Undetected hairline fractures caused an October 2018 rupture, explosion and fire on a British Columbia (BC) pipeline that disrupted for weeks Pacific coast natural gas supplies in the United States and Canada, according to the Transportation Safety Board of Canada (TSBC).

Metal fatigue known as stress corrosion cracking, or SCC, escaped notice and multiplied on a northern leg of Enbridge Inc.’s 2 Bcf/d Westcoast Energy line until the pipe burst, the extended TSBC investigation concluded. Findings were issued on Wednesday.

The blast near Prince George scooped out a crater 115 feet long, 43 feet wide and 30 feet deep. Nearby communities were evacuated. More than half of Westcoast’s gas traffic to the U.S. Pacific Northwest and southern BC stopped.

An inferno that followed the burst incinerated 140 MMcf of gas, the TSBC said. Another 30 MMcf was vented into the atmosphere from another, smaller pipeline beside the accident site as a safety precaution.

The Westcoast system had an SCC hazard management plan, noted the TSBC. Canadian pipelines adopted fracture detection programs 20 years ago following an inquiry by the former National Energy Board (NEB), now the Canada Energy Regulator (CER), into a series of ruptures, explosions and fires.

In the BC case, however, the remote danger spot, a nine-hour drive north of Vancouver, eluded the safety net.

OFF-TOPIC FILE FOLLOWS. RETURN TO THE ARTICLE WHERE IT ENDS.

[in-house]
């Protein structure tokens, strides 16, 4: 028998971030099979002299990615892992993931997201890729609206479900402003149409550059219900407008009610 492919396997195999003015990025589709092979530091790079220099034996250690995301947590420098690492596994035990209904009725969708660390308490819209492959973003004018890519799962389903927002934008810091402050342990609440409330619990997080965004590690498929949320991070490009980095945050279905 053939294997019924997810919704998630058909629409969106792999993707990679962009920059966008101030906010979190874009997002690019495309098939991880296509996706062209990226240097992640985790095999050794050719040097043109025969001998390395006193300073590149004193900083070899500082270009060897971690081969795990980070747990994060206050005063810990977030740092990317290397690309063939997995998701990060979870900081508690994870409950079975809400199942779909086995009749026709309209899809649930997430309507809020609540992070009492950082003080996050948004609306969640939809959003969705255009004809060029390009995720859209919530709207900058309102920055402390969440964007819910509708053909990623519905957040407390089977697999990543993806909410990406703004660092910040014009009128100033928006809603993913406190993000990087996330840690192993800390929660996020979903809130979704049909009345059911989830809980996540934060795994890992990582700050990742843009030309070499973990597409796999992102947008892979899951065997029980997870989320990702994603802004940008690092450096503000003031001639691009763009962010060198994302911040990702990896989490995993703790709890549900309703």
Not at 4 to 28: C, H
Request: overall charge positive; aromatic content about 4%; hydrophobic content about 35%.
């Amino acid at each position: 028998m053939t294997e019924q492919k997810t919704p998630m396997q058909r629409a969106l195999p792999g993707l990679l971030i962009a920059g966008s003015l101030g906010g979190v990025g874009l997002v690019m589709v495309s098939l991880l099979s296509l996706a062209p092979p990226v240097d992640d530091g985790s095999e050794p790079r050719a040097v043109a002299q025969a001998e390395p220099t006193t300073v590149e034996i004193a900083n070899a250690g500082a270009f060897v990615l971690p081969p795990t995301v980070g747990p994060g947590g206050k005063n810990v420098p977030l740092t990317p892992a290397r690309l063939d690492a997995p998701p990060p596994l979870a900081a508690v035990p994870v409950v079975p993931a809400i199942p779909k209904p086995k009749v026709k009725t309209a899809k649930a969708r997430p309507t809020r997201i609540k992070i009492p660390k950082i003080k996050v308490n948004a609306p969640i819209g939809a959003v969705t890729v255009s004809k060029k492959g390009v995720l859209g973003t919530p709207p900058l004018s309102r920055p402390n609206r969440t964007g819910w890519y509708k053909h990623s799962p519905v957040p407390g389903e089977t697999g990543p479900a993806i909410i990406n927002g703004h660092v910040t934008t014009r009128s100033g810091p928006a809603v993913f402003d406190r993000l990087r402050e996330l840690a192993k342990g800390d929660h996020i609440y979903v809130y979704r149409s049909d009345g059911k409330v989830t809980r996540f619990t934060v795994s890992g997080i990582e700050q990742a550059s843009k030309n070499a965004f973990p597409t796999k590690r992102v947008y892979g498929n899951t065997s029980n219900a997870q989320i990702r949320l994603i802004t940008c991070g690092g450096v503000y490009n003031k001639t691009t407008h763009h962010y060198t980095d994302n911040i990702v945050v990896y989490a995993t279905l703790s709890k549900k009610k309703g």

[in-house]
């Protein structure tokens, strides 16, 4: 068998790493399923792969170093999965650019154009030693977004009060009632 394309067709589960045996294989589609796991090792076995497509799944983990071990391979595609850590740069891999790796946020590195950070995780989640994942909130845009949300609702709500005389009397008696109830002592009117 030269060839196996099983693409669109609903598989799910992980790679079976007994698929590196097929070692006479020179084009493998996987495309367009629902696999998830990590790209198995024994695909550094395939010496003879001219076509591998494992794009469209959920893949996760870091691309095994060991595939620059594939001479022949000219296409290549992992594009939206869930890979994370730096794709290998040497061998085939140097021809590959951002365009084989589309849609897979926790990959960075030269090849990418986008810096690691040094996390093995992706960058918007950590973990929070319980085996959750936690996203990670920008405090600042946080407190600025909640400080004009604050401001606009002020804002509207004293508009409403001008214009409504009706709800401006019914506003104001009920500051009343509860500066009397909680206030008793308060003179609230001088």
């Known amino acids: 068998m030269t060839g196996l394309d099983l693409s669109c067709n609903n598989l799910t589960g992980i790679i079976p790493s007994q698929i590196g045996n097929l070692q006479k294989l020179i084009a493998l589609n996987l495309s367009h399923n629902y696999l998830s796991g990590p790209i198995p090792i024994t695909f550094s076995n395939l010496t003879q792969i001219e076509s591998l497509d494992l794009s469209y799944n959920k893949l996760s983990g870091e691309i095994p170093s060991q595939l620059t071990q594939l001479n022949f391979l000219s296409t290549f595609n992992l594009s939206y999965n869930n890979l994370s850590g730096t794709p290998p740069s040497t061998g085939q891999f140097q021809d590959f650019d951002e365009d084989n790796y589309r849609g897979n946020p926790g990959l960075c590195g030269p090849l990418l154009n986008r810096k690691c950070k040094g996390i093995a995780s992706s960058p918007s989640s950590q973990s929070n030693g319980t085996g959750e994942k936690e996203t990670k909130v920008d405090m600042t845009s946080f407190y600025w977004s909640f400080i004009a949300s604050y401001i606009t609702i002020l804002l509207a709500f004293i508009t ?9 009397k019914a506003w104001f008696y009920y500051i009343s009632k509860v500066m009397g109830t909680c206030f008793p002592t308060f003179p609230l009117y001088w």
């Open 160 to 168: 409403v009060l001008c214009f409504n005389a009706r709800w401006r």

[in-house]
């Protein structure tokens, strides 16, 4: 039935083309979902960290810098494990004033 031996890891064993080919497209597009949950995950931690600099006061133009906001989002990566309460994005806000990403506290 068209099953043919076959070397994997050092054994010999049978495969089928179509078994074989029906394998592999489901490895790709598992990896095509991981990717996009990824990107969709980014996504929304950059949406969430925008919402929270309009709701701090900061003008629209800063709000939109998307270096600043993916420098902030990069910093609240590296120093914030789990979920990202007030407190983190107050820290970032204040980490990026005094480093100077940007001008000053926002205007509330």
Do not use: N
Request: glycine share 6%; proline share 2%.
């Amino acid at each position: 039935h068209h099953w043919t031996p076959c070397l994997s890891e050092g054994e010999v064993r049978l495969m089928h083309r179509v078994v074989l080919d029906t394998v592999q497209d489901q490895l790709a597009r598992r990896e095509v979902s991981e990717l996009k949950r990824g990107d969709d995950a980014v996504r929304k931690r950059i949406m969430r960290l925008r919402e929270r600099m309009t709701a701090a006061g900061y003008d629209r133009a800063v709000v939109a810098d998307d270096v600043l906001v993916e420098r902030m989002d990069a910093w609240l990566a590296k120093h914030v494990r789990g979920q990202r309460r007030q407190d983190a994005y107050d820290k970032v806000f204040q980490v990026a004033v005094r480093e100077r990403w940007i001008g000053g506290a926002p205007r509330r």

“The extent of the existing cracking on the segment of pipe that ruptured was not identified,” said the TSBC. “The model used to predict crack growth did not take into account all potential uncertainties in the predicted crack growth. This resulted in cracks growing at higher rates than the model predicted.

“Additionally, an inspection of this pipeline segment scheduled for 2017 was deferred until the fall of 2018. As such, the existing cracks remained undetected.”

The aging Westcoast network has about 500 kilometers (300 miles) of pipe wrapped in a type of coating that is liable to separate from the metal and leave the exposed spots vulnerable to SCC, said the TSBC.

CER only allowed the repaired BC gas conduit to resume full operation in December, after enforcing pressure restrictions as a safety measure for 13 months of inspections and maintenance.

“We commit that we have learned from this incident and have taken steps to ensure the safety of our natural gas system,” Enbridge Vice President Michele Harradence said.

Enbridge said its BC network has been scrutinized for flaws to prevent more accidents. The safety plan uses an improved inline SCC detector that travels through the pipe hunting for flaws with twice the crack sensors of previous models.

CER said analyzing “noncompliances and incidents like this one play a critical role in advancing our regulatory oversight.”

Regulatory expectations of Canadian pipelines include learning from mishaps and adopting improved safety technology and procedures, said the watchdog agency.

“We hold ourselves to these same expectations,” said CER regulators. “Experimenting with data analysis is helping us understand trends and risks that might otherwise be missed.”